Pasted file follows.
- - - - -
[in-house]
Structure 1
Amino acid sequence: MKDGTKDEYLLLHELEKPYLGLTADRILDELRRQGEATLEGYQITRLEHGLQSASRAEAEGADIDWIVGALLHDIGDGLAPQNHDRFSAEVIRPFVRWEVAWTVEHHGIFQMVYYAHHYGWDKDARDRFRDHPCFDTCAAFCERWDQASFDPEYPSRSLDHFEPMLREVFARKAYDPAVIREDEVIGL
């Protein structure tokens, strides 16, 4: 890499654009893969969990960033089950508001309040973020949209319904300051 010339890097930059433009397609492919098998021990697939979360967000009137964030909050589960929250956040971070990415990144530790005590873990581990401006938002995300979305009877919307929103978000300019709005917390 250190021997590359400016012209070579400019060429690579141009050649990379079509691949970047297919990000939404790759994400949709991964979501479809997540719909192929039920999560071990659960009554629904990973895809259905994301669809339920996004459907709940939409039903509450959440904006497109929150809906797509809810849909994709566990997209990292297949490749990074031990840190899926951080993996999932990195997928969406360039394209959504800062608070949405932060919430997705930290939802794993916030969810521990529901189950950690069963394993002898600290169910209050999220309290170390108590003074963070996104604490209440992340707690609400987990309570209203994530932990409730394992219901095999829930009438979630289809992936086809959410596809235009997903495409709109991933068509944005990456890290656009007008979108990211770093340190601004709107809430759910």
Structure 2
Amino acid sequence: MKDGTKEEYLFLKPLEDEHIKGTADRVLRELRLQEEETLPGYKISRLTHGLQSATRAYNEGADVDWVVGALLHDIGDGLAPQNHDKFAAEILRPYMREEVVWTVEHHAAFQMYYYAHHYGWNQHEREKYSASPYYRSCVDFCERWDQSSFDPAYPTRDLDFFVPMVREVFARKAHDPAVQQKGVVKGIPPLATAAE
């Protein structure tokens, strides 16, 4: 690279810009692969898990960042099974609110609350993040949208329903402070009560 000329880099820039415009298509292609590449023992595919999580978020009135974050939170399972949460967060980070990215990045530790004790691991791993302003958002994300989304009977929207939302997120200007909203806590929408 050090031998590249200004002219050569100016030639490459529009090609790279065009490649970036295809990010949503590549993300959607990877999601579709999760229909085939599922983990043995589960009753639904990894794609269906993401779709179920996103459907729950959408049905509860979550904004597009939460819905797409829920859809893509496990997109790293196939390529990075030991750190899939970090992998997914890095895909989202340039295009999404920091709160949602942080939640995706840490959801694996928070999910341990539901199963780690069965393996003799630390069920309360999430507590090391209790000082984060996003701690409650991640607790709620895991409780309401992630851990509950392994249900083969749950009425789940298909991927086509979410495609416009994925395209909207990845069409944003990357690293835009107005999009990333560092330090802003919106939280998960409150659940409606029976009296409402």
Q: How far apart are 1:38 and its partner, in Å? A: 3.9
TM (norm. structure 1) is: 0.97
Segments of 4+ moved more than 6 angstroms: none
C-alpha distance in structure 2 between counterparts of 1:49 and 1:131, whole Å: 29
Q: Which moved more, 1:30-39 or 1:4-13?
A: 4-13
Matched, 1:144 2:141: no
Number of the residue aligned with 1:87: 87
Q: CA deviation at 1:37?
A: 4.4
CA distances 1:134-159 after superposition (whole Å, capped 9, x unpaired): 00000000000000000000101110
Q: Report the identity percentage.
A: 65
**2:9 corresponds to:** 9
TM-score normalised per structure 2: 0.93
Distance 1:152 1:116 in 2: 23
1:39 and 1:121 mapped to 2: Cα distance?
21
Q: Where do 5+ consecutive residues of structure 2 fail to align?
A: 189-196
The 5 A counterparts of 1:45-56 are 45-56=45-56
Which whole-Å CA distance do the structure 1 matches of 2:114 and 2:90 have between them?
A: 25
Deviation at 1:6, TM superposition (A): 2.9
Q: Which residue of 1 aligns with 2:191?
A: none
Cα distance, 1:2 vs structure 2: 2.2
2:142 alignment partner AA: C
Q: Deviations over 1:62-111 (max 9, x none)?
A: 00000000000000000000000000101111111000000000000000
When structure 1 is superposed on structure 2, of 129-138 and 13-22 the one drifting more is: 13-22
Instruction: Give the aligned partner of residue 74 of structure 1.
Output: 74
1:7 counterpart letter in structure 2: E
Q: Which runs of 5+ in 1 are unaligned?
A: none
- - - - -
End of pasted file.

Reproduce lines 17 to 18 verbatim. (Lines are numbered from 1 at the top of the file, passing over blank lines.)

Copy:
A: 4.4
CA distances 1:134-159 after superposition (whole Å, capped 9, x unpaired): 00000000000000000000101110